The third girl was named Bonnie Lou Walton (1941-2010). Bonnie hung around East Ward a lot when we were children. She lived East a ways up Lancaster Avenue. She was another Tomboy and I had a crush on her for a while in late grade school. I thought she was cute. I remember her joining in these hide ‘n’ seek games around the schoolyard in dusk when it was getting slightly dark out. She never married and passed away in 2010. In the photo on the left, she is the girl on the far right. I am on the far left. This was 1953.
Among the new friends I made was a gentle boy named Dave Fidler (right). It may have been destined because of his name, but he did actually play a violin. He was tall, wore glasses and had very curly wild hair. He lived in one of the old pre-Revolutionary homes along East Lancaster Pike directly across from East Ward. I was in his house many times and once he took some of us into the basement. There was a room downstairs with wrist restraints and leg irons fastened into the walls by large eyebolts. One wonders what went on in that house one or two hundred years ago.
Dave had an older and a younger brother. I didn’t know the older brother well at all. The younger was an occasional playmate and visitor, but he was a sneaky sort and he stole several things from me, so in the end I didn’t want him around.
Before Bill Brookover (left) was a friend of mine, he was first a close friend with Stuart Meisel going back to pre-school days. He was Stuart’s Billy Smith. When Stuart became my friend, so did Bill. The Brookover’s had lived next to The Meisels and that was how Stuart and he became friends.
Bill was the smallest of our group. Stuart, Dave, Ron and I were all tall for our age. Bill’s family was also better off financially than most of us. When I knew him the Brookovers lived in one of the “newer” homes built along Uwchlan Avenue. His father was an accountant for one of the paper mills I think, and drove an Oldsmobile, “the executive’s car”.
Another friend Stuart brought into my life was Teddy Miller lived next door to the Meisel’s on Lancaster Avenue, across from the Library. His family had moved into that house when The Brookovers moved out. (The house is pictured on the left, Teddy on the right.) Teddy played the trombone. Teddy’s family had some kind of relationship to Griffith’s Hardware store downtown. Teddy was often with Stuart and I. I often saw my friends as images of some famous personage. Teddy Miller made me think of Jerry Lewis (right).
Stuart was Jackie Gleason with his extra weight and dark black hair. Although Stu did not like anyone teacsing about his size, he must have associated somewhat with The Great One. he took one of Gleason’s shticks as his own. If he got angry with you, he would point toward the door and yell, “Out! Out!”.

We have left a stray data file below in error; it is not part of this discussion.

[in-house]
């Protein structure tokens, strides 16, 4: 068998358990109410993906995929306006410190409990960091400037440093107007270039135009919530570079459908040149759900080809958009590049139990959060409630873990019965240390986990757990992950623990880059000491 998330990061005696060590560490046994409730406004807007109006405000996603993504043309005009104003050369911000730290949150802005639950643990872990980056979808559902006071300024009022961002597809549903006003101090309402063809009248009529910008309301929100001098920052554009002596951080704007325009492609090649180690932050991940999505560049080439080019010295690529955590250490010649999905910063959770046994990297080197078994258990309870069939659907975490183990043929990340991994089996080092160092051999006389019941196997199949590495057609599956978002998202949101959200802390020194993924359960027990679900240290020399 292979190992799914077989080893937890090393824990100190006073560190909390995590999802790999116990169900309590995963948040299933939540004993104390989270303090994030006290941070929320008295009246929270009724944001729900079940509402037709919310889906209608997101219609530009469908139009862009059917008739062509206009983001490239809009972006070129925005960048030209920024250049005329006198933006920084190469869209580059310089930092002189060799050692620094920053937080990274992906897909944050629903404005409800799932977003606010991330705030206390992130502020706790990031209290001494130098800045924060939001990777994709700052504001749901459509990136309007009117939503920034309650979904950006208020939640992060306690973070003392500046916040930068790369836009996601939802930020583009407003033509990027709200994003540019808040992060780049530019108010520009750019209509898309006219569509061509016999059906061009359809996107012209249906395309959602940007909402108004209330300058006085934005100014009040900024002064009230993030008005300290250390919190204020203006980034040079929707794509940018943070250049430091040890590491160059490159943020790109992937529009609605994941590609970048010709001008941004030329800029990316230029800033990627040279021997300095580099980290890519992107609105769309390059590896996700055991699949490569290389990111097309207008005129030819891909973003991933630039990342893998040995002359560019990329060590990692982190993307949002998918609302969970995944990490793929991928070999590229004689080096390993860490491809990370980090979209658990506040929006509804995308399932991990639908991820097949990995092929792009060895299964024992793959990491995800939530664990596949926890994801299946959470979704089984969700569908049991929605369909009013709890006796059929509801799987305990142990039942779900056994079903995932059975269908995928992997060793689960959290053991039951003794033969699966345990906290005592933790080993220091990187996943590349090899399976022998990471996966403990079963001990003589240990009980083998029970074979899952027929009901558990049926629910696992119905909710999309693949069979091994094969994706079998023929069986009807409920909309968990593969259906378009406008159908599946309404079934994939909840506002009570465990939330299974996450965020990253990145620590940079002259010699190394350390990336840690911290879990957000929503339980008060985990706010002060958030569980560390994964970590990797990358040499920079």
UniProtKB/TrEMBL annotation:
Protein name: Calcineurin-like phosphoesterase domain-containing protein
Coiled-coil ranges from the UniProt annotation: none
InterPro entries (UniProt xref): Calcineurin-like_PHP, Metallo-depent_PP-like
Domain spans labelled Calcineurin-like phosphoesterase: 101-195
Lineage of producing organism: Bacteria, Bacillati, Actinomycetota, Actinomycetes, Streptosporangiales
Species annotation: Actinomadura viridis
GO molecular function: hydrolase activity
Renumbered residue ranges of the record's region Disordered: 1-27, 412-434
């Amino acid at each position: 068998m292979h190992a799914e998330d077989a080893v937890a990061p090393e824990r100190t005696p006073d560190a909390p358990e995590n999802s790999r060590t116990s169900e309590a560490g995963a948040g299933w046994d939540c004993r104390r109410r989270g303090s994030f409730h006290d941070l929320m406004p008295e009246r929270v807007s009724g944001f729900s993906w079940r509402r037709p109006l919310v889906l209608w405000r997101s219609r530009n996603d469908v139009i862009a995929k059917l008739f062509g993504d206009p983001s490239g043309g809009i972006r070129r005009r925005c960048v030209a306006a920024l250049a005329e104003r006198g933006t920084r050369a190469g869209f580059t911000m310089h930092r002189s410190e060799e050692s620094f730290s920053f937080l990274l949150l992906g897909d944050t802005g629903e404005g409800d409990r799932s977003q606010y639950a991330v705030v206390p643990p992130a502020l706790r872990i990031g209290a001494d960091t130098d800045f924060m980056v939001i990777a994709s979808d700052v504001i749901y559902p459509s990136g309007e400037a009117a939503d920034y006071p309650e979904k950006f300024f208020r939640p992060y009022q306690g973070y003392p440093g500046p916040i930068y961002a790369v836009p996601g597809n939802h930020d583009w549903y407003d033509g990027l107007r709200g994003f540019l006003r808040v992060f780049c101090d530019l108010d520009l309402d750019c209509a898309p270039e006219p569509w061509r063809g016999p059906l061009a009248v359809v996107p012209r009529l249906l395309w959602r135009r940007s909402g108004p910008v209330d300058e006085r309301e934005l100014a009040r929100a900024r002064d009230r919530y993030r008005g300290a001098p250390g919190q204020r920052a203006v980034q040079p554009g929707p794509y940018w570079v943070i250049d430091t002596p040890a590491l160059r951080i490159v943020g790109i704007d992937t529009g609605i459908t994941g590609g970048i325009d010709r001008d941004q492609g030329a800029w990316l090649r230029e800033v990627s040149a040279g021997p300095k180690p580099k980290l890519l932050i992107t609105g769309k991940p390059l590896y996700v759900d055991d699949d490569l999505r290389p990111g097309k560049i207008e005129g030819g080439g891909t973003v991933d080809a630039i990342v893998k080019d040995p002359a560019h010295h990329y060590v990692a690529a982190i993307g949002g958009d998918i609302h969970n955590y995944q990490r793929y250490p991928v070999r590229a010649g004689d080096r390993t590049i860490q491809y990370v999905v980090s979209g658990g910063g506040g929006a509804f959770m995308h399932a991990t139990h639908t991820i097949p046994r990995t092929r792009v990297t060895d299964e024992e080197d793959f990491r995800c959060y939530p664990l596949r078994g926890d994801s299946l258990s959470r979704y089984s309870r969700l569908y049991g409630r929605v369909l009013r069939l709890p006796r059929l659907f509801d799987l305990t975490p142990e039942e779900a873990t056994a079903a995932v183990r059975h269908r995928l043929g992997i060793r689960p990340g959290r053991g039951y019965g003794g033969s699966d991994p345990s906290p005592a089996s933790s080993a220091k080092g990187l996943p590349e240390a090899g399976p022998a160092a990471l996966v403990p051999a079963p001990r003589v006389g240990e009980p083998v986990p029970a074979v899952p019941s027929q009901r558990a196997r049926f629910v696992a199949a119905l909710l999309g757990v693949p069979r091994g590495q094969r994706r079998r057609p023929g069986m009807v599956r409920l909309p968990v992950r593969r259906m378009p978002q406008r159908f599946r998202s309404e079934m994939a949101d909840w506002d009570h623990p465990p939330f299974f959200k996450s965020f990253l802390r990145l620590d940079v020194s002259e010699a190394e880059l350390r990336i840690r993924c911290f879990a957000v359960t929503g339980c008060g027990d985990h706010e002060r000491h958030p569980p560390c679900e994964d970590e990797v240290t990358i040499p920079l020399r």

I have never been sure of how I met each and every friend. I know I became friends with Bill Brookover and Teddy Miller because they were already friends of Stuart, but I don’t know how it was Stuart Meisel (left) and I became such close friends, and along with Ronald Tipton he was to be one of my two best friends. We still are.
Stuart was one of those who others saw as “different” and sometimes gave him grief for it. His family was the only Jewish one in town.
Another who became a regular member of our little group was Sam, Shirley Ann McComsky. I don’t recall exactly how Sam drifted in among us. She was in our class at school, but so were many others, boys and girls. Perhaps it was a love of baseball. She seemed to simply show up at Stuart’s during one of our impromptu backyard ball games and then just kept returning. She was a pretty good player and I remember her as having a great sense of humor and fun. Whatever, she adapted easily into our little island of misfit toys.
There was another girl who came into the perimeter of my limited circle of friends. Her name was Gracie Styer. I recall her vaguely now and this may be because she was more a friend of Stuart’s than of mine and my associations came through him. Here is what Stuart wrote about her in his memoir, My Story:
“Gracie Styer was a Negro. In the 1950’s, it was not “cool” for whites to be friends with blacks (called Negroes at that time.) I don’t recall ever seeing Gracie Styer outside of school. However, we were friends in school. However, I just saw Gracie as a nice person and a friend. Years later at a reunion, I saw Gracie. We were still friends. She now seems to have slipped from view – No one knows where she is now, or even, if she is now.”
It was the treatment of not just myself, but of my new friends because of what they
were that helped begin my lose of innocence.